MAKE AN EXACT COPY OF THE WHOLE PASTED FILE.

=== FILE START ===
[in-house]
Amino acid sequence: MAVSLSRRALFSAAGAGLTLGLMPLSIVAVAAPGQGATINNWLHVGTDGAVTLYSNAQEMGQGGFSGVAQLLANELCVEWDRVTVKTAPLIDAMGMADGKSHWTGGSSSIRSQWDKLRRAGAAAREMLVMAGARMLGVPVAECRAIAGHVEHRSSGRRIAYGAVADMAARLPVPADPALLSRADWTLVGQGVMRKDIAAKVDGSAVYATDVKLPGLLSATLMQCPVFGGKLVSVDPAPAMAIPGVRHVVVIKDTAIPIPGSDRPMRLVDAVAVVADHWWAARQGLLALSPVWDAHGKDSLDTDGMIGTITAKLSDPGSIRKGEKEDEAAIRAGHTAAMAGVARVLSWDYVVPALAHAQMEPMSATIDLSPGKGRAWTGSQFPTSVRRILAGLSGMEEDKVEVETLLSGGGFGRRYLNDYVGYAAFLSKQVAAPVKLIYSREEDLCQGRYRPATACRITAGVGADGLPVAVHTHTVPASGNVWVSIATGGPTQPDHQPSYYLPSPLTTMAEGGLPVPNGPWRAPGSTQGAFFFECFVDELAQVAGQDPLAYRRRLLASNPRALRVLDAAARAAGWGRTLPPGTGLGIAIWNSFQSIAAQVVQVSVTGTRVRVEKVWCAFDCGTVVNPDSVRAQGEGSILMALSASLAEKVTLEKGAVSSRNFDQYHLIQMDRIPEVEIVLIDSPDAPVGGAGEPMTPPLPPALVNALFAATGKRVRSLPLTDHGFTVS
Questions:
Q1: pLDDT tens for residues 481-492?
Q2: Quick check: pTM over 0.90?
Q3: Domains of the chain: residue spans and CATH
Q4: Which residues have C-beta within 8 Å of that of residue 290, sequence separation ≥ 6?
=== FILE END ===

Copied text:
[in-house]
Amino acid sequence: MAVSLSRRALFSAAGAGLTLGLMPLSIVAVAAPGQGATINNWLHVGTDGAVTLYSNAQEMGQGGFSGVAQLLANELCVEWDRVTVKTAPLIDAMGMADGKSHWTGGSSSIRSQWDKLRRAGAAAREMLVMAGARMLGVPVAECRAIAGHVEHRSSGRRIAYGAVADMAARLPVPADPALLSRADWTLVGQGVMRKDIAAKVDGSAVYATDVKLPGLLSATLMQCPVFGGKLVSVDPAPAMAIPGVRHVVVIKDTAIPIPGSDRPMRLVDAVAVVADHWWAARQGLLALSPVWDAHGKDSLDTDGMIGTITAKLSDPGSIRKGEKEDEAAIRAGHTAAMAGVARVLSWDYVVPALAHAQMEPMSATIDLSPGKGRAWTGSQFPTSVRRILAGLSGMEEDKVEVETLLSGGGFGRRYLNDYVGYAAFLSKQVAAPVKLIYSREEDLCQGRYRPATACRITAGVGADGLPVAVHTHTVPASGNVWVSIATGGPTQPDHQPSYYLPSPLTTMAEGGLPVPNGPWRAPGSTQGAFFFECFVDELAQVAGQDPLAYRRRLLASNPRALRVLDAAARAAGWGRTLPPGTGLGIAIWNSFQSIAAQVVQVSVTGTRVRVEKVWCAFDCGTVVNPDSVRAQGEGSILMALSASLAEKVTLEKGAVSSRNFDQYHLIQMDRIPEVEIVLIDSPDAPVGGAGEPMTPPLPPALVNALFAATGKRVRSLPLTDHGFTVS
Questions:
Q1: pLDDT tens for residues 481-492?
Q2: Quick check: pTM over 0.90?
Q3: Domains of the chain: residue spans and CATH
Q4: Which residues have C-beta within 8 Å of that of residue 290, sequence separation ≥ 6?